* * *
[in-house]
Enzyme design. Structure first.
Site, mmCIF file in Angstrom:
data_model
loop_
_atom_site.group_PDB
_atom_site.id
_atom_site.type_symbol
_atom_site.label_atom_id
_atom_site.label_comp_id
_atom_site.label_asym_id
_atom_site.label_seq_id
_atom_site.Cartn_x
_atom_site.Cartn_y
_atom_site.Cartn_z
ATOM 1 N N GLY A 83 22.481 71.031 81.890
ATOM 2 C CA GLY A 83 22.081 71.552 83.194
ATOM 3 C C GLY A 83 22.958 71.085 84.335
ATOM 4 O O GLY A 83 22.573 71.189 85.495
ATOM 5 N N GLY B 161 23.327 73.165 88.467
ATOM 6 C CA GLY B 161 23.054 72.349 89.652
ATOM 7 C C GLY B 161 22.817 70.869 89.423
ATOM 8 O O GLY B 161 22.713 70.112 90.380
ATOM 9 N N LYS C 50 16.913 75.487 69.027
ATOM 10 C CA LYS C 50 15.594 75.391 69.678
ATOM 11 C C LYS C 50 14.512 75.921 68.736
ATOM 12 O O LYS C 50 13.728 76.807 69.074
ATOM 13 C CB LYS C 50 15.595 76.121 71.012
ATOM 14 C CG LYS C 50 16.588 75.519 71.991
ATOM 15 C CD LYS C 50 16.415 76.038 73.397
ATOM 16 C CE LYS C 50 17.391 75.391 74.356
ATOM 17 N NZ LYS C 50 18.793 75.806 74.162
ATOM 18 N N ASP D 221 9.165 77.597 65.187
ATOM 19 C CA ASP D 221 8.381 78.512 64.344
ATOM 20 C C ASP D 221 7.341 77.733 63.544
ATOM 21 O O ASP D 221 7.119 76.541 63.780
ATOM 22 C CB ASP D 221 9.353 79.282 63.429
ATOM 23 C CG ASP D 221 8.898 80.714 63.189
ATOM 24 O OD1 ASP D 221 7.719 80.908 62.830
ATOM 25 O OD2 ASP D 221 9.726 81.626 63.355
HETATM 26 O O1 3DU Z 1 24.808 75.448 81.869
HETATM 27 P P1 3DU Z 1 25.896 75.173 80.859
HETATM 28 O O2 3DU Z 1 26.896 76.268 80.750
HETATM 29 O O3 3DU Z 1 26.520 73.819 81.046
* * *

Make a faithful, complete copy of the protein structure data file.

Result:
[in-house]
Enzyme design. Structure first.
Site, mmCIF file in Angstrom:
data_model
loop_
_atom_site.group_PDB
_atom_site.id
_atom_site.type_symbol
_atom_site.label_atom_id
_atom_site.label_comp_id
_atom_site.label_asym_id
_atom_site.label_seq_id
_atom_site.Cartn_x
_atom_site.Cartn_y
_atom_site.Cartn_z
ATOM 1 N N GLY A 83 22.481 71.031 81.890
ATOM 2 C CA GLY A 83 22.081 71.552 83.194
ATOM 3 C C GLY A 83 22.958 71.085 84.335
ATOM 4 O O GLY A 83 22.573 71.189 85.495
ATOM 5 N N GLY B 161 23.327 73.165 88.467
ATOM 6 C CA GLY B 161 23.054 72.349 89.652
ATOM 7 C C GLY B 161 22.817 70.869 89.423
ATOM 8 O O GLY B 161 22.713 70.112 90.380
ATOM 9 N N LYS C 50 16.913 75.487 69.027
ATOM 10 C CA LYS C 50 15.594 75.391 69.678
ATOM 11 C C LYS C 50 14.512 75.921 68.736
ATOM 12 O O LYS C 50 13.728 76.807 69.074
ATOM 13 C CB LYS C 50 15.595 76.121 71.012
ATOM 14 C CG LYS C 50 16.588 75.519 71.991
ATOM 15 C CD LYS C 50 16.415 76.038 73.397
ATOM 16 C CE LYS C 50 17.391 75.391 74.356
ATOM 17 N NZ LYS C 50 18.793 75.806 74.162
ATOM 18 N N ASP D 221 9.165 77.597 65.187
ATOM 19 C CA ASP D 221 8.381 78.512 64.344
ATOM 20 C C ASP D 221 7.341 77.733 63.544
ATOM 21 O O ASP D 221 7.119 76.541 63.780
ATOM 22 C CB ASP D 221 9.353 79.282 63.429
ATOM 23 C CG ASP D 221 8.898 80.714 63.189
ATOM 24 O OD1 ASP D 221 7.719 80.908 62.830
ATOM 25 O OD2 ASP D 221 9.726 81.626 63.355
HETATM 26 O O1 3DU Z 1 24.808 75.448 81.869
HETATM 27 P P1 3DU Z 1 25.896 75.173 80.859
HETATM 28 O O2 3DU Z 1 26.896 76.268 80.750
HETATM 29 O O3 3DU Z 1 26.520 73.819 81.046